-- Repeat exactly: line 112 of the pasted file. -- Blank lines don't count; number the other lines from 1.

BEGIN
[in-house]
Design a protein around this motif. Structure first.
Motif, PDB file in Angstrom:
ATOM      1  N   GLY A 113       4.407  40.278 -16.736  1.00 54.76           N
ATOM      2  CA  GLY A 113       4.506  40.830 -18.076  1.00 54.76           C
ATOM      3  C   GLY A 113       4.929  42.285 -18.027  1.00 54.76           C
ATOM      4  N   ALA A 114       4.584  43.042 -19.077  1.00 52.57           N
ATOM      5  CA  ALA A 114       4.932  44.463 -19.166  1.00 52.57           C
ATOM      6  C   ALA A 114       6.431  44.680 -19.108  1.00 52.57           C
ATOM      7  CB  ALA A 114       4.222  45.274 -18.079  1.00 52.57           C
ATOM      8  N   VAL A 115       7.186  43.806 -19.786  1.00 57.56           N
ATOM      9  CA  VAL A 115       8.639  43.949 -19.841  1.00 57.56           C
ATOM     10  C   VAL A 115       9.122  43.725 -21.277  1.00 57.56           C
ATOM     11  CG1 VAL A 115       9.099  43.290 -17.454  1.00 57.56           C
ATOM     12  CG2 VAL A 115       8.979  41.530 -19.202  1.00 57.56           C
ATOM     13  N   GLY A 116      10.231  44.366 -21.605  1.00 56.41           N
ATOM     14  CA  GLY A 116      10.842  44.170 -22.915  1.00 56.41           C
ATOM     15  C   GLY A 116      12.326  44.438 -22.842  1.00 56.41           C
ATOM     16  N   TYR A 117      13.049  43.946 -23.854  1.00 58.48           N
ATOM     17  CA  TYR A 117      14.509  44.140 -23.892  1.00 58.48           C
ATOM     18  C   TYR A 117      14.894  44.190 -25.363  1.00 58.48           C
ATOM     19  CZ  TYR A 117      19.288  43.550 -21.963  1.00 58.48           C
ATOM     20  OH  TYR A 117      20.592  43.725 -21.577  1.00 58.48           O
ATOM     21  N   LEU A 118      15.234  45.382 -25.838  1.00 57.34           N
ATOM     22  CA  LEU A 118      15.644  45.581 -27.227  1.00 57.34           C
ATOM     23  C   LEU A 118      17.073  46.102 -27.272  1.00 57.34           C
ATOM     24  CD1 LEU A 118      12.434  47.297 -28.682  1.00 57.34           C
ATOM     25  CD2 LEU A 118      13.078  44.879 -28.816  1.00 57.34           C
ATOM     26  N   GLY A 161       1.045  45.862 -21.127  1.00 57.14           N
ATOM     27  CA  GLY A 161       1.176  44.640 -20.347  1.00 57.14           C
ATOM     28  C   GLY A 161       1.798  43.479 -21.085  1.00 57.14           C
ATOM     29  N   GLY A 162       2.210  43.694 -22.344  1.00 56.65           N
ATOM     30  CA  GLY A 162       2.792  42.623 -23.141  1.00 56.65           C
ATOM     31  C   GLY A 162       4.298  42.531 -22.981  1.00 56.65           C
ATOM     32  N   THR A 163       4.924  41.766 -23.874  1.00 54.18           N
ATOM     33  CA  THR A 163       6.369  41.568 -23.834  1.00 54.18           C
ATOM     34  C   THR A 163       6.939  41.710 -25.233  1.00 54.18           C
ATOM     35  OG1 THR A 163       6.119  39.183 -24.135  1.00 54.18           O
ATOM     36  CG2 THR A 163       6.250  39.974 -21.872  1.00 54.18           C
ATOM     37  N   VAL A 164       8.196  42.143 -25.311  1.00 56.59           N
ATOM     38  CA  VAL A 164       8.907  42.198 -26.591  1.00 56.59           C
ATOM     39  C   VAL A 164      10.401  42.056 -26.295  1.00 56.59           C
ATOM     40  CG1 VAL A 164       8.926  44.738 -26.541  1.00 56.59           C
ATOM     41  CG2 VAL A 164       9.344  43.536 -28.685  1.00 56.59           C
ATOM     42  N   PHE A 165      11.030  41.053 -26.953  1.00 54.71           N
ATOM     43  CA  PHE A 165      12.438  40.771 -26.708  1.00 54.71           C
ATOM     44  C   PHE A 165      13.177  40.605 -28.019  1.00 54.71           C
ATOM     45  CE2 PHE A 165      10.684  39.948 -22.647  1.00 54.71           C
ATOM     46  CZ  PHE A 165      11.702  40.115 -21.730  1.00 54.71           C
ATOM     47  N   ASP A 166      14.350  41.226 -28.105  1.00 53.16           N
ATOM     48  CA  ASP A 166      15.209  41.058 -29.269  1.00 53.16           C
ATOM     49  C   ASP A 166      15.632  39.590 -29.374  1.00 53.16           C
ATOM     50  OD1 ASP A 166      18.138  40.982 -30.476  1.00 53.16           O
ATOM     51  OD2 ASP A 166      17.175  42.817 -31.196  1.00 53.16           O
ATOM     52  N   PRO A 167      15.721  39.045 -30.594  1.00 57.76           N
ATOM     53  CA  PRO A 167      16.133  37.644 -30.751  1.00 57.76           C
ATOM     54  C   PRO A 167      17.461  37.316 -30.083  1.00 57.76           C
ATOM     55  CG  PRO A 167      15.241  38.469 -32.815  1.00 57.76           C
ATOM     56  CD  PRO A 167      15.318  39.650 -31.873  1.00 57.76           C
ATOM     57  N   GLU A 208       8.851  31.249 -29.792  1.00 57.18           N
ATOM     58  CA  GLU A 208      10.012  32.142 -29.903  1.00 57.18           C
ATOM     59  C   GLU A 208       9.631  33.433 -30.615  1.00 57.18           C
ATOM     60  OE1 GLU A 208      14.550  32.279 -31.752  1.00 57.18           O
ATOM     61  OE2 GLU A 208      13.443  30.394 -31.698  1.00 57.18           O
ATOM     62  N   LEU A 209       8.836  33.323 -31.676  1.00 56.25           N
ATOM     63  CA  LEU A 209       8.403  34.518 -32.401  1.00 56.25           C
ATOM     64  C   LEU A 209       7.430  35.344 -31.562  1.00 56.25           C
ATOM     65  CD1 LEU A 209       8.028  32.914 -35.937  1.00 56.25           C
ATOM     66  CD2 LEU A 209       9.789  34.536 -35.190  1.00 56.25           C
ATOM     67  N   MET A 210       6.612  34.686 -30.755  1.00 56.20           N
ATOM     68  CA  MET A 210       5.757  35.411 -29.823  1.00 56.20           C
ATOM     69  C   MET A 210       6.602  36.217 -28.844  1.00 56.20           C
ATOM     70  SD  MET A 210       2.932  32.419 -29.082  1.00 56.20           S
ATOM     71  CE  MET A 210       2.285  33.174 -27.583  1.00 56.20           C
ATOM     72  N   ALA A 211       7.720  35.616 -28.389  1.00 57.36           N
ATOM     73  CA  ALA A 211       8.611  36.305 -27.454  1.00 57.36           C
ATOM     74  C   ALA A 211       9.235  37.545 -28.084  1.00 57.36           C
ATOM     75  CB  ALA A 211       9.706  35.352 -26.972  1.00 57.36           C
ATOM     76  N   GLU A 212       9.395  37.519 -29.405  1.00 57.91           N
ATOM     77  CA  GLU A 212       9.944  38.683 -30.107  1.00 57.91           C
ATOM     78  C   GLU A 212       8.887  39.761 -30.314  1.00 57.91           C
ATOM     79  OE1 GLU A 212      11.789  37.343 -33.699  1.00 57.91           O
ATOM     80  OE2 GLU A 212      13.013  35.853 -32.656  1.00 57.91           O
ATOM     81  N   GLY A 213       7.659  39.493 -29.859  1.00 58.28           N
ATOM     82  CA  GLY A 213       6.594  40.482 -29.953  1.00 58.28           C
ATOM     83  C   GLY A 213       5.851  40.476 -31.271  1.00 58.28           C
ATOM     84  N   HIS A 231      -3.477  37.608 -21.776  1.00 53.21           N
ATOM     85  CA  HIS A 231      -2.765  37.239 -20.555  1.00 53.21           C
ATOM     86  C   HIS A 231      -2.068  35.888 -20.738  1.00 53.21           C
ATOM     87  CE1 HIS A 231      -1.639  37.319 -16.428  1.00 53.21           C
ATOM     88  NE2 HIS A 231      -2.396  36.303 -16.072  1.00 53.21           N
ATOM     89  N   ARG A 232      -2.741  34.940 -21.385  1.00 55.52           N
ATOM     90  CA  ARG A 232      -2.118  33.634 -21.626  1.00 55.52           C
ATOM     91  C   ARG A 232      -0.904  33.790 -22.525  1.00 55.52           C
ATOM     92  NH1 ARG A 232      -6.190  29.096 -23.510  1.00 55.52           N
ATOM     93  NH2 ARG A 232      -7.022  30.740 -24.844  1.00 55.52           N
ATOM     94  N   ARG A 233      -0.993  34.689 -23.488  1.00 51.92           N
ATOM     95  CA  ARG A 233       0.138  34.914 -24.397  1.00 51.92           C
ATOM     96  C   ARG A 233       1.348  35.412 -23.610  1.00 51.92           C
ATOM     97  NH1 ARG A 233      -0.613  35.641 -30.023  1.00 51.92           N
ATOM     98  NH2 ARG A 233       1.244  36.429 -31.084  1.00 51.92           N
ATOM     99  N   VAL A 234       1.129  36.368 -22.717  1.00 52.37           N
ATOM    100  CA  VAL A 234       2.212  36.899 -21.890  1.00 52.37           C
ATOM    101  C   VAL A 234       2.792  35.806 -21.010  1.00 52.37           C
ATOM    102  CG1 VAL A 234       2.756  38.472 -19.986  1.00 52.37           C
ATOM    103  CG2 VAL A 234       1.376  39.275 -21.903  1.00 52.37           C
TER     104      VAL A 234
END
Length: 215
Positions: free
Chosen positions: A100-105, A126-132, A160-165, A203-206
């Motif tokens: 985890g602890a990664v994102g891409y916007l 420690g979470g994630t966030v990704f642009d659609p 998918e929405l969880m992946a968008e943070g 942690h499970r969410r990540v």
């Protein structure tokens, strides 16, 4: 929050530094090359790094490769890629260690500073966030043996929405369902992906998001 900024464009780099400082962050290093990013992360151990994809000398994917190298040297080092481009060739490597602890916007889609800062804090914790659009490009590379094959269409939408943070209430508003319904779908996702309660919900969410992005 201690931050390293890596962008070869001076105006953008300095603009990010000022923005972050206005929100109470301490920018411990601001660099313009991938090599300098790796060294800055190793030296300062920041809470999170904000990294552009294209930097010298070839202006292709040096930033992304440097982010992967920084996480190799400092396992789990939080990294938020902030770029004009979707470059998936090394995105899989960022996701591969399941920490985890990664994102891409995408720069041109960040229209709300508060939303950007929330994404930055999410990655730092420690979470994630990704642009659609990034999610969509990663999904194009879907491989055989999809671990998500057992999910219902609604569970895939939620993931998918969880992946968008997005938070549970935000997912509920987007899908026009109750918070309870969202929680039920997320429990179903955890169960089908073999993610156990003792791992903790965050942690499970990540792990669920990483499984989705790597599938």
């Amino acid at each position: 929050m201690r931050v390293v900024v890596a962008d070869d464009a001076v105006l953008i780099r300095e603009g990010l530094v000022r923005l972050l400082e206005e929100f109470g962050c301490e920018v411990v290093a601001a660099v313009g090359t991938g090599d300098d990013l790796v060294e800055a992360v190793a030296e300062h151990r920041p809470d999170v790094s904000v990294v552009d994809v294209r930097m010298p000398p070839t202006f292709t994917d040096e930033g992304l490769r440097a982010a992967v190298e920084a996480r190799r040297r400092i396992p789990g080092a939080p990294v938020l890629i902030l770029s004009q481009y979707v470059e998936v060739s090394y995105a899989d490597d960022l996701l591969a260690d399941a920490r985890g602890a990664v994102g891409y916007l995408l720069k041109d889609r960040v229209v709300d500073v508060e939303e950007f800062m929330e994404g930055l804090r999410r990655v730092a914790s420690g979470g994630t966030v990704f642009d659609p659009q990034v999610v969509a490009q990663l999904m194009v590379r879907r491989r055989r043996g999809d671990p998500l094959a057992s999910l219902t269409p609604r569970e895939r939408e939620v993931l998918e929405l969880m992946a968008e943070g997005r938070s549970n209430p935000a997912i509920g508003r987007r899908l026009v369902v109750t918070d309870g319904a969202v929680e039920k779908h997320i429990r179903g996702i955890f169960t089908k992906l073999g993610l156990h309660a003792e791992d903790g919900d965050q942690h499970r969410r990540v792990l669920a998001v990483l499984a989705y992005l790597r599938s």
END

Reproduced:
């Motif tokens: 985890g602890a990664v994102g891409y916007l 420690g979470g994630t966030v990704f642009d659609p 998918e929405l969880m992946a968008e943070g 942690h499970r969410r990540v």